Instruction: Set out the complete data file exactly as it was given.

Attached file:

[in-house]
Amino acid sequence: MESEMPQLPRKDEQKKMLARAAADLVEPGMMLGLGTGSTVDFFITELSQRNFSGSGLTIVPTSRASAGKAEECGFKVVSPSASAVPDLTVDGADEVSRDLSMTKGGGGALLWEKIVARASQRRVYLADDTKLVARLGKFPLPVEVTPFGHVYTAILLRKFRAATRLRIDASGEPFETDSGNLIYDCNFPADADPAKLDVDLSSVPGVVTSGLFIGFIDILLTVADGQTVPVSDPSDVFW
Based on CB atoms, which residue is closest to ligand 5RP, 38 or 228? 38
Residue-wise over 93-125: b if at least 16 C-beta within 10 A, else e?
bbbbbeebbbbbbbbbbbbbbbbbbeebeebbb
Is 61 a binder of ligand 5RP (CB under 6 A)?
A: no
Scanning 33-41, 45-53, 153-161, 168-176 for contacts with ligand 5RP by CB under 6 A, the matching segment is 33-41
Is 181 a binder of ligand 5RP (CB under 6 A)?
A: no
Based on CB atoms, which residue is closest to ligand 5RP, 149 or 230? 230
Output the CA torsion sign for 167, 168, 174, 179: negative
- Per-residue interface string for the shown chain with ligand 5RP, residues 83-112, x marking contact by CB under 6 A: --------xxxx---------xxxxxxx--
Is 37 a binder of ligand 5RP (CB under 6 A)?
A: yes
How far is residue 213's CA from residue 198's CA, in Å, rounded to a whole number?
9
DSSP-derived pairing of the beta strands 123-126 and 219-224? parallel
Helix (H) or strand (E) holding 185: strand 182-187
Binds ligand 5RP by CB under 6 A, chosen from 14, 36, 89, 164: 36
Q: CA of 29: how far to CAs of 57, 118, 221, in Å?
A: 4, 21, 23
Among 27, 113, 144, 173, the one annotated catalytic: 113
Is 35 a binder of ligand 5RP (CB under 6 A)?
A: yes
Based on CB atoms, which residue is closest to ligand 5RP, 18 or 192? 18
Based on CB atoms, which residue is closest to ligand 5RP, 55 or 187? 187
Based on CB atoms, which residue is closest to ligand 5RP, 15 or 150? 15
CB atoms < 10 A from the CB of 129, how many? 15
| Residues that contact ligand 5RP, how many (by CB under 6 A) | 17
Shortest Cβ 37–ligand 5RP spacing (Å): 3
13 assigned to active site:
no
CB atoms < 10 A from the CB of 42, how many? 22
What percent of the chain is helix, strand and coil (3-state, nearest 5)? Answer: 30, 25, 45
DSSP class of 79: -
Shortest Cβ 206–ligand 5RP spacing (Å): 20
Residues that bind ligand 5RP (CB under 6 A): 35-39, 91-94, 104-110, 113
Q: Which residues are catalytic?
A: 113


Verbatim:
[in-house]
Amino acid sequence: MESEMPQLPRKDEQKKMLARAAADLVEPGMMLGLGTGSTVDFFITELSQRNFSGSGLTIVPTSRASAGKAEECGFKVVSPSASAVPDLTVDGADEVSRDLSMTKGGGGALLWEKIVARASQRRVYLADDTKLVARLGKFPLPVEVTPFGHVYTAILLRKFRAATRLRIDASGEPFETDSGNLIYDCNFPADADPAKLDVDLSSVPGVVTSGLFIGFIDILLTVADGQTVPVSDPSDVFW
Based on CB atoms, which residue is closest to ligand 5RP, 38 or 228? 38
Residue-wise over 93-125: b if at least 16 C-beta within 10 A, else e?
bbbbbeebbbbbbbbbbbbbbbbbbeebeebbb
Is 61 a binder of ligand 5RP (CB under 6 A)?
A: no
Scanning 33-41, 45-53, 153-161, 168-176 for contacts with ligand 5RP by CB under 6 A, the matching segment is 33-41
Is 181 a binder of ligand 5RP (CB under 6 A)?
A: no
Based on CB atoms, which residue is closest to ligand 5RP, 149 or 230? 230
Output the CA torsion sign for 167, 168, 174, 179: negative
- Per-residue interface string for the shown chain with ligand 5RP, residues 83-112, x marking contact by CB under 6 A: --------xxxx---------xxxxxxx--
Is 37 a binder of ligand 5RP (CB under 6 A)?
A: yes
How far is residue 213's CA from residue 198's CA, in Å, rounded to a whole number?
9
DSSP-derived pairing of the beta strands 123-126 and 219-224? parallel
Helix (H) or strand (E) holding 185: strand 182-187
Binds ligand 5RP by CB under 6 A, chosen from 14, 36, 89, 164: 36
Q: CA of 29: how far to CAs of 57, 118, 221, in Å?
A: 4, 21, 23
Among 27, 113, 144, 173, the one annotated catalytic: 113
Is 35 a binder of ligand 5RP (CB under 6 A)?
A: yes
Based on CB atoms, which residue is closest to ligand 5RP, 18 or 192? 18
Based on CB atoms, which residue is closest to ligand 5RP, 55 or 187? 187
Based on CB atoms, which residue is closest to ligand 5RP, 15 or 150? 15
CB atoms < 10 A from the CB of 129, how many? 15
| Residues that contact ligand 5RP, how many (by CB under 6 A) | 17
Shortest Cβ 37–ligand 5RP spacing (Å): 3
13 assigned to active site:
no
CB atoms < 10 A from the CB of 42, how many? 22
What percent of the chain is helix, strand and coil (3-state, nearest 5)? Answer: 30, 25, 45
DSSP class of 79: -
Shortest Cβ 206–ligand 5RP spacing (Å): 20
Residues that bind ligand 5RP (CB under 6 A): 35-39, 91-94, 104-110, 113
Q: Which residues are catalytic?
A: 113